British Academy Centenary Research Project Symposium
The purpose of this meeting is to bring together two powerful approaches that deal, respectively, with explaining the evolution of human brains (the social brain hypothesis) and understanding cognition as a distributed system (the concept of the distributed mind). Our objective is to compare interdisciplinary perspectives on these key issues across a range of disciplines (Archaeology, Psychology, Philosophy, Sociology, Geography, Anthropology and the Cognitive and Evolutionary Sciences) that span the Academy’s remit and extend beyond to the biological and earth sciences. A particular focus will be provided by the role that material culture plays as a scaffold for distributed cognition and how almost three million years of artefact and tool use provides the data for tracing key changes in areas such as language, technology, kinship, music, social networks and the politics of local, everyday interaction in small-world societies. Another focus will be on how, during the course of hominin evolution, increasingly large spatially distributed communities created stresses that threatened social cohesion.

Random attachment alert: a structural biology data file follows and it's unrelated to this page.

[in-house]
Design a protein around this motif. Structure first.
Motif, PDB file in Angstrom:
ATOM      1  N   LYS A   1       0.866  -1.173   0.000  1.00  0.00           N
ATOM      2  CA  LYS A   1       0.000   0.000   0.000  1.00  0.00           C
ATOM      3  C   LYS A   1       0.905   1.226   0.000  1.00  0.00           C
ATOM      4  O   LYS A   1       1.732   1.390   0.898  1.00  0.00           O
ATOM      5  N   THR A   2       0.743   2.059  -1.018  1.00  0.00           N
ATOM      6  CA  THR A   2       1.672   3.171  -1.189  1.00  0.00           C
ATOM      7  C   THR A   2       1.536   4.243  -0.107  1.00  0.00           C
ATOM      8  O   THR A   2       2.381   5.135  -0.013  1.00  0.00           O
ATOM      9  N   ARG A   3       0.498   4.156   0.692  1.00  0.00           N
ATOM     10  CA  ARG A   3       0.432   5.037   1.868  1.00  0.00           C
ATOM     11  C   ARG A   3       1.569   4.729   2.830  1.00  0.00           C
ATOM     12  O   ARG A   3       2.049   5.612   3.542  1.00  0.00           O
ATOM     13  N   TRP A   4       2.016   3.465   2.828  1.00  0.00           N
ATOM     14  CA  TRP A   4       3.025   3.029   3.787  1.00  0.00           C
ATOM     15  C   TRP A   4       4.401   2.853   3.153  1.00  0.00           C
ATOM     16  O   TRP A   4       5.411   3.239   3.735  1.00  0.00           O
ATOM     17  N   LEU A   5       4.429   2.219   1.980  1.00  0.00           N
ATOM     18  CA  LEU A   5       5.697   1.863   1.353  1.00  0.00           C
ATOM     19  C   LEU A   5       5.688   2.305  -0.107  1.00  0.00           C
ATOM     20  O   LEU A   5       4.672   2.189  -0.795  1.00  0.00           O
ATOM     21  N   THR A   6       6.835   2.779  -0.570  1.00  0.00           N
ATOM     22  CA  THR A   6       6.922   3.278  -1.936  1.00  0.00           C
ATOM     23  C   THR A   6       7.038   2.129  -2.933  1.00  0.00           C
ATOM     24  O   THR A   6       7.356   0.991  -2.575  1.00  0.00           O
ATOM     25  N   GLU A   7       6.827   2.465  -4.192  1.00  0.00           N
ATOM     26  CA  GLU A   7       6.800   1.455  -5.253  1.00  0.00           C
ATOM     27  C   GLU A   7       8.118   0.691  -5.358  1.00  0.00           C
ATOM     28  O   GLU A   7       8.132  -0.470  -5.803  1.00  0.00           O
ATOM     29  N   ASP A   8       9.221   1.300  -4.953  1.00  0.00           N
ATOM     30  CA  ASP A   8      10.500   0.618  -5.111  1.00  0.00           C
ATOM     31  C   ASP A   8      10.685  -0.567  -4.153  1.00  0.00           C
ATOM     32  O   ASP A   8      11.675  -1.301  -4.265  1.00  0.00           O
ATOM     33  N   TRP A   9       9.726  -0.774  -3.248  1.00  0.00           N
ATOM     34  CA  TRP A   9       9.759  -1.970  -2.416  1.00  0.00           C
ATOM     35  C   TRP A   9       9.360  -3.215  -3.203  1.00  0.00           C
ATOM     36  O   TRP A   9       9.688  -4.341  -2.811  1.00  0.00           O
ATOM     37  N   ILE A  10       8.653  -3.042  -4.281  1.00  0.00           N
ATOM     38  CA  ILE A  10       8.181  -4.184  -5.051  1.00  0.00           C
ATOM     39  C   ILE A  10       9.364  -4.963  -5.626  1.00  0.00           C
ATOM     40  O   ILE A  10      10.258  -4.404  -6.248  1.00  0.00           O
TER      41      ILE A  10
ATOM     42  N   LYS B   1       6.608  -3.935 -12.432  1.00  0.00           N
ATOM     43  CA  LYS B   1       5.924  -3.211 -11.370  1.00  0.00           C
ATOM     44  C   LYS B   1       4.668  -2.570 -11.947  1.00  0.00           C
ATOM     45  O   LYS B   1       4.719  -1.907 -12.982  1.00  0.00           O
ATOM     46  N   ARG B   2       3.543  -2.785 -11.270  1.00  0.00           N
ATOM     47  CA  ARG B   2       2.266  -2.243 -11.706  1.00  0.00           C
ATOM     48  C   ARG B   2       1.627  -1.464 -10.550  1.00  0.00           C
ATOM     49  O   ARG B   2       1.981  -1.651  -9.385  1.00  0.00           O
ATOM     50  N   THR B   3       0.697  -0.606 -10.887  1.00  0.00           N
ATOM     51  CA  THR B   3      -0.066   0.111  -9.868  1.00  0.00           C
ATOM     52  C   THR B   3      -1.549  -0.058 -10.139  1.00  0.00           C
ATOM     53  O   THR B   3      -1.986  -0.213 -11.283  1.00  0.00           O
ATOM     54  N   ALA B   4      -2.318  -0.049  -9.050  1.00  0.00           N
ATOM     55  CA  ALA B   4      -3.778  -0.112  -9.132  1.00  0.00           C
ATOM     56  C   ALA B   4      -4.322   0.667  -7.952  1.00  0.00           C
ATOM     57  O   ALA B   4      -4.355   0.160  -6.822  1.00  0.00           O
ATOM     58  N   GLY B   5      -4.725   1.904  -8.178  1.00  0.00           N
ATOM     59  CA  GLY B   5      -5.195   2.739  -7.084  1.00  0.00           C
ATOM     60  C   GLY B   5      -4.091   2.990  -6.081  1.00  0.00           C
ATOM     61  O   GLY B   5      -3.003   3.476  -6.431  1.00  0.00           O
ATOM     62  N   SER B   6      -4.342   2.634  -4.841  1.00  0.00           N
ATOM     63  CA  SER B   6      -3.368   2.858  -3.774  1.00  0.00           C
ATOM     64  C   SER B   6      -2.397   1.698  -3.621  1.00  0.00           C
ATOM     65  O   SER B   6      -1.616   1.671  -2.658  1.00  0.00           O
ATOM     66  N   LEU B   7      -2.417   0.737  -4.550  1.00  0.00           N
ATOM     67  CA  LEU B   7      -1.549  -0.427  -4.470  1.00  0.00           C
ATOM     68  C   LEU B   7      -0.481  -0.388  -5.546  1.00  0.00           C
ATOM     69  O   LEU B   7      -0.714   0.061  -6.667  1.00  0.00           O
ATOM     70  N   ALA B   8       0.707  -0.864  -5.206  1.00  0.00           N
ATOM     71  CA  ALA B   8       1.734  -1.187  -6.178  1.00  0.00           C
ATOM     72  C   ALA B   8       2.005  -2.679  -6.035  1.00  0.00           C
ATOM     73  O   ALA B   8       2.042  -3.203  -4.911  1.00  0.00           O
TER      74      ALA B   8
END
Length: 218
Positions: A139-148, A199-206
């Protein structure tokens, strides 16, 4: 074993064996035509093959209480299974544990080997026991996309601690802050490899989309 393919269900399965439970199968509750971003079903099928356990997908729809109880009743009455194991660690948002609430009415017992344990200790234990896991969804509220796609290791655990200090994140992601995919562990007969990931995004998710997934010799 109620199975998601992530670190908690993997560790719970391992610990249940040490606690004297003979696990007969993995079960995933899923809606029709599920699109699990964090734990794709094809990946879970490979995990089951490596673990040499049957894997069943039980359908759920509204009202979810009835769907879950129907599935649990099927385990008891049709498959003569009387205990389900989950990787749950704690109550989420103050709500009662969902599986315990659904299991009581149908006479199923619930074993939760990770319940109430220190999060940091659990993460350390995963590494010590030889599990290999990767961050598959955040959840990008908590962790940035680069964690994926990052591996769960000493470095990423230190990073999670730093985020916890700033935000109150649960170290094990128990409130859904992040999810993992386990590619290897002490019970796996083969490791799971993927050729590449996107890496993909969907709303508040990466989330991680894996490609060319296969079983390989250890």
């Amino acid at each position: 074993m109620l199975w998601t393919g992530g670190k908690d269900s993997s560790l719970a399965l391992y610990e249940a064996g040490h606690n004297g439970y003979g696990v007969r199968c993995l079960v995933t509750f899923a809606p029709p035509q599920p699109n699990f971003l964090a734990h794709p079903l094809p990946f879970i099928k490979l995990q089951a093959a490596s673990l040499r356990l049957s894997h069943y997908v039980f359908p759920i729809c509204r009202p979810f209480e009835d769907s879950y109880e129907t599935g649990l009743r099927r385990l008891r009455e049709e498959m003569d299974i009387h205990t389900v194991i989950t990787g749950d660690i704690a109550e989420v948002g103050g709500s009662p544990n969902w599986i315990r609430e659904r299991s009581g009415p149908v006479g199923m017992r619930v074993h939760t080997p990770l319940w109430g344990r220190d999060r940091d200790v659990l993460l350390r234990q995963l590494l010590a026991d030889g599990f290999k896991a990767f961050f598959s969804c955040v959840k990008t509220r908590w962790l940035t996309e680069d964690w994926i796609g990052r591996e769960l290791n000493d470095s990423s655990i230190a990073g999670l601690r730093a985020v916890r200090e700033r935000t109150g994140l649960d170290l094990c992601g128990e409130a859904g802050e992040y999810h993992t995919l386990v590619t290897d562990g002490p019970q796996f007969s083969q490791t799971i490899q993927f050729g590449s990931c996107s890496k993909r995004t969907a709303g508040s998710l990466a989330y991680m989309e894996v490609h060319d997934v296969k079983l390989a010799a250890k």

Archaeology is unique among the human sciences in its focus on material culture and the time depth of its available data, and therefore has an unparalleled opportunity to address these issues. The study of temporal trends in the distribution of mind across the material world offers the possibility of remarkable insights into the evolution of human cognition and social lives that further our understanding of the relationship between mind and world. The key question is how the material record contributed to and can be made to inform on the process by which hominin ‘brains’ became recognisably human ‘minds’.